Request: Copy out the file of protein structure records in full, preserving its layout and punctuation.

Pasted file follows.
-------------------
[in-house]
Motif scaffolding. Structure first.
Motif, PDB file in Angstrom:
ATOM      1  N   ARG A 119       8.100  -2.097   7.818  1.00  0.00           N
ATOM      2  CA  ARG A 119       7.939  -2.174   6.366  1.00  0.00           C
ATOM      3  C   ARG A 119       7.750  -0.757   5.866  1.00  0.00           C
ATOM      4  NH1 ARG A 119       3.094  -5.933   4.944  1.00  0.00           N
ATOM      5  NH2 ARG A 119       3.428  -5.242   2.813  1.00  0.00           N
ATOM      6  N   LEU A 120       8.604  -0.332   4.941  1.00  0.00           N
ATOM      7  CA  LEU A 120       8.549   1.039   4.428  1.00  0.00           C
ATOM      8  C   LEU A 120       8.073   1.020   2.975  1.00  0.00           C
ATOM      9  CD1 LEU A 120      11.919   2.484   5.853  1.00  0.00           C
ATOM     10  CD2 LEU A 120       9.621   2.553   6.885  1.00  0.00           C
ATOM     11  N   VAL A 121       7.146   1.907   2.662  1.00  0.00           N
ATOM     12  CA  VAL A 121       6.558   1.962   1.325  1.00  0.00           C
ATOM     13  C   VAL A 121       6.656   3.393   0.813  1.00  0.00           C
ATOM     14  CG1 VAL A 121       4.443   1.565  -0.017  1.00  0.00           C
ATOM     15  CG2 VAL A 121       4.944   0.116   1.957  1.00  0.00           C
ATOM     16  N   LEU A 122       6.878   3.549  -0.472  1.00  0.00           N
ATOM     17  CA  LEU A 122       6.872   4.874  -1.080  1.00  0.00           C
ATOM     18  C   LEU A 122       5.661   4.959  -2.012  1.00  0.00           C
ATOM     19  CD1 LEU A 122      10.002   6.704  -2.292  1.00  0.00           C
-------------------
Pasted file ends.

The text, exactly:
[in-house]
Motif scaffolding. Structure first.
Motif, PDB file in Angstrom:
ATOM      1  N   ARG A 119       8.100  -2.097   7.818  1.00  0.00           N
ATOM      2  CA  ARG A 119       7.939  -2.174   6.366  1.00  0.00           C
ATOM      3  C   ARG A 119       7.750  -0.757   5.866  1.00  0.00           C
ATOM      4  NH1 ARG A 119       3.094  -5.933   4.944  1.00  0.00           N
ATOM      5  NH2 ARG A 119       3.428  -5.242   2.813  1.00  0.00           N
ATOM      6  N   LEU A 120       8.604  -0.332   4.941  1.00  0.00           N
ATOM      7  CA  LEU A 120       8.549   1.039   4.428  1.00  0.00           C
ATOM      8  C   LEU A 120       8.073   1.020   2.975  1.00  0.00           C
ATOM      9  CD1 LEU A 120      11.919   2.484   5.853  1.00  0.00           C
ATOM     10  CD2 LEU A 120       9.621   2.553   6.885  1.00  0.00           C
ATOM     11  N   VAL A 121       7.146   1.907   2.662  1.00  0.00           N
ATOM     12  CA  VAL A 121       6.558   1.962   1.325  1.00  0.00           C
ATOM     13  C   VAL A 121       6.656   3.393   0.813  1.00  0.00           C
ATOM     14  CG1 VAL A 121       4.443   1.565  -0.017  1.00  0.00           C
ATOM     15  CG2 VAL A 121       4.944   0.116   1.957  1.00  0.00           C
ATOM     16  N   LEU A 122       6.878   3.549  -0.472  1.00  0.00           N
ATOM     17  CA  LEU A 122       6.872   4.874  -1.080  1.00  0.00           C
ATOM     18  C   LEU A 122       5.661   4.959  -2.012  1.00  0.00           C
ATOM     19  CD1 LEU A 122      10.002   6.704  -2.292  1.00  0.00           C